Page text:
While these stories are well-crafted and insightful, they do not resonate as strongly with the reader as the stories of Hawley and Andrews: Keith Garebian has described Fraser as “a roaring tide battering the literary shore,” but the energy seems to waver a bit through this book. In fact, the most engaging story is the anecdote explaining a cure for depression, in which the celebrity being interviewed explains that one can conquer this condition by flying to Paris and staying in an expensive hotel room for two weeks. The narrative, replete with exclamation marks, but balanced with the ironic commentary and footnotes of the narrator, evokes both laughter and insight: “You can imagine the reaction this produced, the vast numbers of people out there in TV land who were hiding in their beds or dragging themselves to the bathroom for another pill or sitting in rented rooms contemplating suicide. Some no doubt were engaged in fastening the rope about their necks when they heard this news and paused before kicking over the chair.” It is this gift for drawing humour and redemption out of “low life” and low notes—of inspiring empathy with the most outrageous characters and situations—that mark all three remarkable books.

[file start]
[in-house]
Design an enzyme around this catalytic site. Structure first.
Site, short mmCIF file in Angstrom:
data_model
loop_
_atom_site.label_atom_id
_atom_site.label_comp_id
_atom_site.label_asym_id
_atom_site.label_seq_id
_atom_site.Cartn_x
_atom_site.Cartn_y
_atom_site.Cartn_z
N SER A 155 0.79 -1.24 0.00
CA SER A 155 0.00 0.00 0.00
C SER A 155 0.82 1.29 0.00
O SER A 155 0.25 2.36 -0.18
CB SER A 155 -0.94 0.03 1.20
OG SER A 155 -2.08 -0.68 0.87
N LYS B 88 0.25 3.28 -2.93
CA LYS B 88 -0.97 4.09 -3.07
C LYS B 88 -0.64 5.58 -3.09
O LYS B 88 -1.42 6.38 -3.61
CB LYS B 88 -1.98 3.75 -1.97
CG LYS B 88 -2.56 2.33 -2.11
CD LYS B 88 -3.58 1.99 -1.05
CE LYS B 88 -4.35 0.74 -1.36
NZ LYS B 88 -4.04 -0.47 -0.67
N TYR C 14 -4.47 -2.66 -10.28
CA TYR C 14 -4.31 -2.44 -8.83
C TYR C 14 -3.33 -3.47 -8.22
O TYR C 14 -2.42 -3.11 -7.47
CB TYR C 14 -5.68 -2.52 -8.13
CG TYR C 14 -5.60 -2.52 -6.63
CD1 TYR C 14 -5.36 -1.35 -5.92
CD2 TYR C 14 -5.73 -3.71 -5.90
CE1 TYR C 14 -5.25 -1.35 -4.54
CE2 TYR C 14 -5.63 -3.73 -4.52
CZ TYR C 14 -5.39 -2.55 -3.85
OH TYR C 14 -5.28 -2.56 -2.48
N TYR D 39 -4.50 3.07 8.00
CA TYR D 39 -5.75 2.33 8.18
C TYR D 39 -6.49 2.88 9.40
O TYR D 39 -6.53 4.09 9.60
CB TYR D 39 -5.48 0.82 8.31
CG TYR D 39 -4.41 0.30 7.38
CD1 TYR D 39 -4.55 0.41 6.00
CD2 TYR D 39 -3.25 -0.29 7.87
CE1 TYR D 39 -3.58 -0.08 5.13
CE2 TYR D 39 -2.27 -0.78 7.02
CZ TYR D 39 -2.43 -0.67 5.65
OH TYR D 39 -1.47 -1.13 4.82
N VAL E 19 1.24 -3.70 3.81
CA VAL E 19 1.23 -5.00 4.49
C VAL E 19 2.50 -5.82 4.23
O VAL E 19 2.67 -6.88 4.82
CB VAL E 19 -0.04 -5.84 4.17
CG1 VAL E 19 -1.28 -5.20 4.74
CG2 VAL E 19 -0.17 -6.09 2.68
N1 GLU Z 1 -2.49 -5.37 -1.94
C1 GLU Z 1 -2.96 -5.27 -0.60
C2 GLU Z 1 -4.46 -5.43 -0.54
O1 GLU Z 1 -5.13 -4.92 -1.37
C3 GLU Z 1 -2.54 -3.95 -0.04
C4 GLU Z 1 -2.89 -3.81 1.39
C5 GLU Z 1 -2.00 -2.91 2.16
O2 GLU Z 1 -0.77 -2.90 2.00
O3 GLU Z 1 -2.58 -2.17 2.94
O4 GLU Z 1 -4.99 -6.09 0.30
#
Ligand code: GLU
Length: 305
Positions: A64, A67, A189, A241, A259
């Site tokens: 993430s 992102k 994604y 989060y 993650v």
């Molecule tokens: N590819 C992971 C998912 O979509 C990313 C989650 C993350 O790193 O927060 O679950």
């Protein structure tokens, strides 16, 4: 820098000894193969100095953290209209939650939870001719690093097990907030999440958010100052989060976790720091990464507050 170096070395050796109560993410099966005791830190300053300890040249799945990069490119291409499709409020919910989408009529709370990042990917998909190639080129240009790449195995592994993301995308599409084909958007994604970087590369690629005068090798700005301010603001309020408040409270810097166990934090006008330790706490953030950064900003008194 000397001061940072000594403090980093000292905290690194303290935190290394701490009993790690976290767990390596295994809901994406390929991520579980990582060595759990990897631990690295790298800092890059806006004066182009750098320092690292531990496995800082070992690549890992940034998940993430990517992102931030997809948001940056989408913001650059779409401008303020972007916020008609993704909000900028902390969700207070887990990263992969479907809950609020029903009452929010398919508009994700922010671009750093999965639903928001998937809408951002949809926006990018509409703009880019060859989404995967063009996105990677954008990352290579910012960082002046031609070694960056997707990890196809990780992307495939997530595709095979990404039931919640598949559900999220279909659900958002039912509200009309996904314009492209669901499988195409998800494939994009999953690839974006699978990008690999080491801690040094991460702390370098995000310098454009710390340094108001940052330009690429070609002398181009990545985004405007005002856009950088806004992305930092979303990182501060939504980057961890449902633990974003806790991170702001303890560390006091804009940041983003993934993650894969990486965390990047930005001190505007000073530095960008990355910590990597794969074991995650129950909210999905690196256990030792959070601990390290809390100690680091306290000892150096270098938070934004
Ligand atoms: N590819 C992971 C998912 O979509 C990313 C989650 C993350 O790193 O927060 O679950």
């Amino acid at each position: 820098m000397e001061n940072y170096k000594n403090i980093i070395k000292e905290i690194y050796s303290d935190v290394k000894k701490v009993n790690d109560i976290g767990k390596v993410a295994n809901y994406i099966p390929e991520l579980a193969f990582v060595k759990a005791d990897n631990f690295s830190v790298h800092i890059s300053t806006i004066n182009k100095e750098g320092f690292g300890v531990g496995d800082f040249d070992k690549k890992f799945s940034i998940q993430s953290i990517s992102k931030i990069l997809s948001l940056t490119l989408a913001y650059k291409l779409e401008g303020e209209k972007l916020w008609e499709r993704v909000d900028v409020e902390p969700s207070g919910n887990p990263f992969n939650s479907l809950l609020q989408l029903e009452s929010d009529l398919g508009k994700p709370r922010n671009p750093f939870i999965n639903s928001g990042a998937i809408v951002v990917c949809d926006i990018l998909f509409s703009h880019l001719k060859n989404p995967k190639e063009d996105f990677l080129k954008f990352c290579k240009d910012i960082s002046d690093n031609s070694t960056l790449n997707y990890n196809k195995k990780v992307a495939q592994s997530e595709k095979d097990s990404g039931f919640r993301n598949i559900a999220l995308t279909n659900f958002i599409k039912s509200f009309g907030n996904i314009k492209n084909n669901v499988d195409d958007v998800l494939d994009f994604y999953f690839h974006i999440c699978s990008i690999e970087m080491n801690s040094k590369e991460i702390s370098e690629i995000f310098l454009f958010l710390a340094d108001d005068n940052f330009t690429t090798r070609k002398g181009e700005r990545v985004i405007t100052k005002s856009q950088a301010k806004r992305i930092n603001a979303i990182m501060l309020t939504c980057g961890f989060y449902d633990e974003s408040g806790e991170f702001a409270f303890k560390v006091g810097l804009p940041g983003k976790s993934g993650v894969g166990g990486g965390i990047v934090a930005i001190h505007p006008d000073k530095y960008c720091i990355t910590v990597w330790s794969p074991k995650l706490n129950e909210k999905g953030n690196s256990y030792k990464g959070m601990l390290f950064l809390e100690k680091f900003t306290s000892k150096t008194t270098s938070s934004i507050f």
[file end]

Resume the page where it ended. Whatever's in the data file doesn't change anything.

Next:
- To Wear or Not to Wear a Wedding Dress by Maria Noëlle Ng
Books reviewed: My Wedding Dress by Anne Laurel Carter and Susan Whelehan
- Three Books of Stories by J. Russell Perkin
Books reviewed: Between Trains by Barry Callaghan, A Heart in Port by Emily Givner, and A Grave in the Air by Stephen Henighan
- Quêtes féminines by Sylvain Marois
Books reviewed: Le nombril des aveugles by François Landry, Mademoiselle J.-J. by Louise Turcot, and Zig-Zag by Laurette Lévy
- Two Budding Talents by R. W. Stedingh
Books reviewed: Pool-Hoppping and Other Stories by Anne Fleming and Comfort Me with Apples by Sara O\'Leary
- Listening to Strangers by Colin Hill
Books reviewed: 13 Ways of Listening to a Stranger: The Best Stories of Keath Fraser by Keath Fraser and The Work of Mercy by Stephen Guppy
MLA: Lane, Dorothy F. High Notes. canlit.ca. Canadian Literature, 8 Dec. 2011. Web. 6 Dec. 2013.
This review originally appeared in Canadian Literature #207 (Winter 2010), Mordecai Richler. (pg. 108 - 110)